The ESI, the researchers say, could help investors and businesses better assess the systemic environmental impacts of their decisions.

Nature-positive transition

At Pictet Asset Management, we currently use two globally-recognised environmental impact measurement tools – the Planetary Boundaries (PB) framework and Life Cycle Analysis – to quantify the corporate world’s contribution to species loss.

Rates of biodiversity loss are 10 to 100 times greater than what the PB framework considers sustainable. In applying the PB and LCA metrics, we aim to identify corporations whose products and services have the lowest impact.

Building on this approach, we want to capture not only direct but also indirect impacts of corporate activities, those that occur across the entire value chain.

This is a crucial element to consider in analysing biodiversity impact. That’ is because the production of goods and services is highly fragmented today, across many countries and industries.

Take mining. It is an industry which provides metals crucial to many of the net zero technologies, such as nickel, yet it also exacts a heavy toll on natural habitats.

The direct environmental impact of mining is ​ large due to the physical location of mining operations.

Yet in analysing the industry’s impact, we believe it’s also important to incorporate regional dynamics into biodiversity modelling. For example, mining that takes place in regions where species diversity is low will have less of an impact than operations located in areas rich in flora and fauna.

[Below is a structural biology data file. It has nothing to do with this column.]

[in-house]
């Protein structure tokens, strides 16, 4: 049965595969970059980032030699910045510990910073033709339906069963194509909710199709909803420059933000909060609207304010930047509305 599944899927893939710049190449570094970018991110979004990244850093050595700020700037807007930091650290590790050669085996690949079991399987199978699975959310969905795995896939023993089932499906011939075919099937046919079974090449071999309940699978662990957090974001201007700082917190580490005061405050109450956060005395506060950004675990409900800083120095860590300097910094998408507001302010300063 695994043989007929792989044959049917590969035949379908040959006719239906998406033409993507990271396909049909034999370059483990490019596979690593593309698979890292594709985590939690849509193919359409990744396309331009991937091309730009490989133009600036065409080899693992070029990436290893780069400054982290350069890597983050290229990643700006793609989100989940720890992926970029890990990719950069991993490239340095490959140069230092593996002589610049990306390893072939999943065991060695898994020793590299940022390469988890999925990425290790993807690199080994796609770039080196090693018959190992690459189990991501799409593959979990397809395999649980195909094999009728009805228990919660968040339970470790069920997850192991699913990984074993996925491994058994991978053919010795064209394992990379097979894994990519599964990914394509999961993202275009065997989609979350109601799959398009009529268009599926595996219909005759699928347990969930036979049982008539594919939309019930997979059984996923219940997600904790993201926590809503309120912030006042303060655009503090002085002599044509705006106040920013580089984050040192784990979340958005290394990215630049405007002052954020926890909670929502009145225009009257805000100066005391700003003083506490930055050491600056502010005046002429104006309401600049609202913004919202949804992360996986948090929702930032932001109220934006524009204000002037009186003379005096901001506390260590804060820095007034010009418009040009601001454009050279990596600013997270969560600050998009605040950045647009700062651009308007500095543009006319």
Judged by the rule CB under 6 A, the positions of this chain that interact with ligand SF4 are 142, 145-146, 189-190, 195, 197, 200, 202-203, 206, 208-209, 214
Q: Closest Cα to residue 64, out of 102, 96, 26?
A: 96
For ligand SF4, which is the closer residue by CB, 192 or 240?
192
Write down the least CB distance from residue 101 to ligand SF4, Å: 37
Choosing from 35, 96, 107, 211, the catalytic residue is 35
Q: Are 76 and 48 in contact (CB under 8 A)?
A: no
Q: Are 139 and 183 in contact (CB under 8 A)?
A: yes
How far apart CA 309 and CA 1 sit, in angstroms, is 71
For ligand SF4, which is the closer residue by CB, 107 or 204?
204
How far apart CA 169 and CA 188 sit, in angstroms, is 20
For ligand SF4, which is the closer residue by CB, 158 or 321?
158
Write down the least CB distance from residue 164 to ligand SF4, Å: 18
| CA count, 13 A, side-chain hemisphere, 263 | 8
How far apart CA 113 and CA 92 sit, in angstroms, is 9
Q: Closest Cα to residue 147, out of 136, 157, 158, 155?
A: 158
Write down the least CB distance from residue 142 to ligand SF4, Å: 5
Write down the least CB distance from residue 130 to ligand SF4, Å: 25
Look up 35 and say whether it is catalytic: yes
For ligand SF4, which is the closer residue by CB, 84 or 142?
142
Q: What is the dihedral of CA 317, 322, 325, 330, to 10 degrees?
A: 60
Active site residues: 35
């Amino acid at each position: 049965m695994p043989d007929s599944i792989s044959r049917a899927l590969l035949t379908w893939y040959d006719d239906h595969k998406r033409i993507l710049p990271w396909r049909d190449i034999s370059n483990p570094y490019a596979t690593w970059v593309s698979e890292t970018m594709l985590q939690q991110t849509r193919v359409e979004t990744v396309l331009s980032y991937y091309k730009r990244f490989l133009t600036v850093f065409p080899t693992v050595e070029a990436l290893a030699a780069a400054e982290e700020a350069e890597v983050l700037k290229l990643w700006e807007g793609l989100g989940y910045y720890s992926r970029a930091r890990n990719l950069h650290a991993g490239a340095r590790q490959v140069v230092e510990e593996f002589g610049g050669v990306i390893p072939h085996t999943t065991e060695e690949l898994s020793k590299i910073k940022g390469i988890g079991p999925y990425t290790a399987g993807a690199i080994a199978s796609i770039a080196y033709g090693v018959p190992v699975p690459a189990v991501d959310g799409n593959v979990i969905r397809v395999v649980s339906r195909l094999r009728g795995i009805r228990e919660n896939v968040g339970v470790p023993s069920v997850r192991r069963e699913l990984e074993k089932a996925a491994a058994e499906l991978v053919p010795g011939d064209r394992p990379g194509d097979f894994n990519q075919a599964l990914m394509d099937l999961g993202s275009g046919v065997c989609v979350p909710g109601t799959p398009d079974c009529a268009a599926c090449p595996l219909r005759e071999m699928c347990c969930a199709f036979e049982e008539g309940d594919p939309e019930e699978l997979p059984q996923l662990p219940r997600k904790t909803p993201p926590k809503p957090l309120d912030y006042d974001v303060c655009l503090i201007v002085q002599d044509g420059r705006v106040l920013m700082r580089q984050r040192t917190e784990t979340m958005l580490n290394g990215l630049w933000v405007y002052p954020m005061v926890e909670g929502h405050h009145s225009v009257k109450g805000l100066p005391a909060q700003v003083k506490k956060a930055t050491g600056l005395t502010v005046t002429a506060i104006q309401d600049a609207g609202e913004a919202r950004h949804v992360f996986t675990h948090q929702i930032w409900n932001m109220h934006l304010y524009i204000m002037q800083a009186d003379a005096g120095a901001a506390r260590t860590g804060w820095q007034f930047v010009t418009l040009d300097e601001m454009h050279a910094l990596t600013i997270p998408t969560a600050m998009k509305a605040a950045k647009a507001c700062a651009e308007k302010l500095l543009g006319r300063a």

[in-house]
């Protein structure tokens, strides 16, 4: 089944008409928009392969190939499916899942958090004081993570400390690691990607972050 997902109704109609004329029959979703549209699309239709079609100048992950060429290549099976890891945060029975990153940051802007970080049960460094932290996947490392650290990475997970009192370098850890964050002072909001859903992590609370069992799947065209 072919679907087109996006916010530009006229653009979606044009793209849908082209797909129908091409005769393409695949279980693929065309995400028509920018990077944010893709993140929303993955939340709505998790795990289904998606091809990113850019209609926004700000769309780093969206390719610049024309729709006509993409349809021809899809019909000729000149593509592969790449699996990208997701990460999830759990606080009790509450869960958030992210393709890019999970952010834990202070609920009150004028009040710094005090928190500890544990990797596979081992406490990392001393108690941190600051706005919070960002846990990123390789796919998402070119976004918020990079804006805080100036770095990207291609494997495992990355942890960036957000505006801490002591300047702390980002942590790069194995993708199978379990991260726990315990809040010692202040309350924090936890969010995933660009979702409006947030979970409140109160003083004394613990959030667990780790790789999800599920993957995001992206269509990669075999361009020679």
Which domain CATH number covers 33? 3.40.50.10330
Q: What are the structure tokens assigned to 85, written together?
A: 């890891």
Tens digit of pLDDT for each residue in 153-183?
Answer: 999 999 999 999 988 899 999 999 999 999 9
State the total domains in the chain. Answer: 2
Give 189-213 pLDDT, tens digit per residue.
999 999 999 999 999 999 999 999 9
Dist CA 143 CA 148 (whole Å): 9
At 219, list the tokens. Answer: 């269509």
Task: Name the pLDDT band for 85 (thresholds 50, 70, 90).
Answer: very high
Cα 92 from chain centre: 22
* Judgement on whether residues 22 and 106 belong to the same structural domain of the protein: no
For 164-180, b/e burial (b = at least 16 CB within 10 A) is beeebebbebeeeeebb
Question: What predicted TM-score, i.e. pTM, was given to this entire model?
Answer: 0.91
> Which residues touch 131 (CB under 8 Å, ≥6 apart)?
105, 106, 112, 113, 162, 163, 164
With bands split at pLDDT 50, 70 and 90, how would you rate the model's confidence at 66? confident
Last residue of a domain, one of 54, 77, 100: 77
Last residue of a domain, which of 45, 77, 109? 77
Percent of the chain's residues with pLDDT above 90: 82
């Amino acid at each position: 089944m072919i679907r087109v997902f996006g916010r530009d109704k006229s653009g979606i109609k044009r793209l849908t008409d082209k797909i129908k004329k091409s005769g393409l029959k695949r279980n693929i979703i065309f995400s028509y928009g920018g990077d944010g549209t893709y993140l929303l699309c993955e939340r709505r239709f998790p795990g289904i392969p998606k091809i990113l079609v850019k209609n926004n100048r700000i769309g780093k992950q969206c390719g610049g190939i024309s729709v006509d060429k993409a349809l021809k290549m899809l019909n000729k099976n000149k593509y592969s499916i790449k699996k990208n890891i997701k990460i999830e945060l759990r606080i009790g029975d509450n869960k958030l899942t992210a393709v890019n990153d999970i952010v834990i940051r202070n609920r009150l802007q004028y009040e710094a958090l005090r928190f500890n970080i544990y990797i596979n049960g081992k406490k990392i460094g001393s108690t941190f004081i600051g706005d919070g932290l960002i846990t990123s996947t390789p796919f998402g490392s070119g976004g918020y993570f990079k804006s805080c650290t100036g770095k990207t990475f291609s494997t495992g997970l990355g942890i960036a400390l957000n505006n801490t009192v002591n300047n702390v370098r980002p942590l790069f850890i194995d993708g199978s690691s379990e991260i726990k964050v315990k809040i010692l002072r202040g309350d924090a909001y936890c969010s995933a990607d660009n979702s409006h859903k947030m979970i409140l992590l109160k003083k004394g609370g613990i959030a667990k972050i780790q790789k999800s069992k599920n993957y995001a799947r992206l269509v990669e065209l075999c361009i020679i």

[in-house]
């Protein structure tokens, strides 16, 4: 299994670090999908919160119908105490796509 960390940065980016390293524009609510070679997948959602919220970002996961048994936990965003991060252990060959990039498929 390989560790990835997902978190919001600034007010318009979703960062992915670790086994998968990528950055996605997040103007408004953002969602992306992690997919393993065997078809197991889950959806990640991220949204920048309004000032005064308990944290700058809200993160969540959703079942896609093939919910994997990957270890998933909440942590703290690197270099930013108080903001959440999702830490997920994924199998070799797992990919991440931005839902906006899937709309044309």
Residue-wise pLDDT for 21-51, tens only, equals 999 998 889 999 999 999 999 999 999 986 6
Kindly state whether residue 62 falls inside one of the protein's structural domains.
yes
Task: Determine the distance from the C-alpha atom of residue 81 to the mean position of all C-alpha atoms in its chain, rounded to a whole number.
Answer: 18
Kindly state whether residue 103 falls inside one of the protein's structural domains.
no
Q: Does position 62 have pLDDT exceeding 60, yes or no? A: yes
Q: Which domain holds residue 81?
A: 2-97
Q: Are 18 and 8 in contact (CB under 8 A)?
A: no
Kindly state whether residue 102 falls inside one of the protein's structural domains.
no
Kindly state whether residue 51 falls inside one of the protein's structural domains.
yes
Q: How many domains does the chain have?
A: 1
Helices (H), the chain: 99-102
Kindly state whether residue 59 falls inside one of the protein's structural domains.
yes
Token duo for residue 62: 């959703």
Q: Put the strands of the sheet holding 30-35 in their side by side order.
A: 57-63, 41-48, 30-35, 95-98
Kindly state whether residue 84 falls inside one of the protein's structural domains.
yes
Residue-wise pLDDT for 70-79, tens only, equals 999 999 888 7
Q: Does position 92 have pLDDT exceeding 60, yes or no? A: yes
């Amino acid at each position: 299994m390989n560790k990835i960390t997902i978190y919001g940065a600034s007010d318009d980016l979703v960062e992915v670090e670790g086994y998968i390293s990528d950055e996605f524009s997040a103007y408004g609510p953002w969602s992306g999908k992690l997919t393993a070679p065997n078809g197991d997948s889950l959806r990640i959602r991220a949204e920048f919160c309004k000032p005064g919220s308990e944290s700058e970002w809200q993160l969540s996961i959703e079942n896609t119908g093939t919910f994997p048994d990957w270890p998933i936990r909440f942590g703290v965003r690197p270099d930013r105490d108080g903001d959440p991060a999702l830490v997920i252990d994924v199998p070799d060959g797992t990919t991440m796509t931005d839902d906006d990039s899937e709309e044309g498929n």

Typically referred to as regionalised impact assessment, this relatively novel approach is increasingly recommended by scientists.4

Access to better data should incentivise businesses and investors to change their behaviour in favour of more nature-positive practices.

Engaging with corporate management is also a powerful lever for investors, who can work with companies they invest in to define targets to mitigate negative impact, manage risks and embed more sustainable and regenerative business practices that promote a nature-positive outcome.

Our holistic approach helps us prioritise areas of engagement with individual companies and their suppliers.

Engaging with corporate management is a powerful lever for investors to promote a nature-positive outcome. 

Nature is increasingly recognised as a crucial piece of the puzzle of tackling climate change.

The UN estimates that incorporating nature-based solutions to global warming – such as restoring coral reefs and using nature-sourced materials in buildings – can generate 13 times more CO2 emission reductions than electrifying cars and trucks.

As nature protection grows in importance, it should give rise to a thriving biodiversity finance market offering new instruments and funds in ecosystem services and natural capital. Evolving impact assessment tools and better corporate disclosure should help investors better capitalise on such opportunities.

[1] Pictet Asset Management is a founding member of the FinBio programme. For more details, please click here.

[2] Steven J Lade et al 2021 Environ. Res. Lett. 16 115005

[3] Butz, C., Liechti, J., Bodin, J. et al. Towards defining an environmental investment universe within planetary boundaries. Sustain Sci 13, 1031–1044 (2018.



Author KFI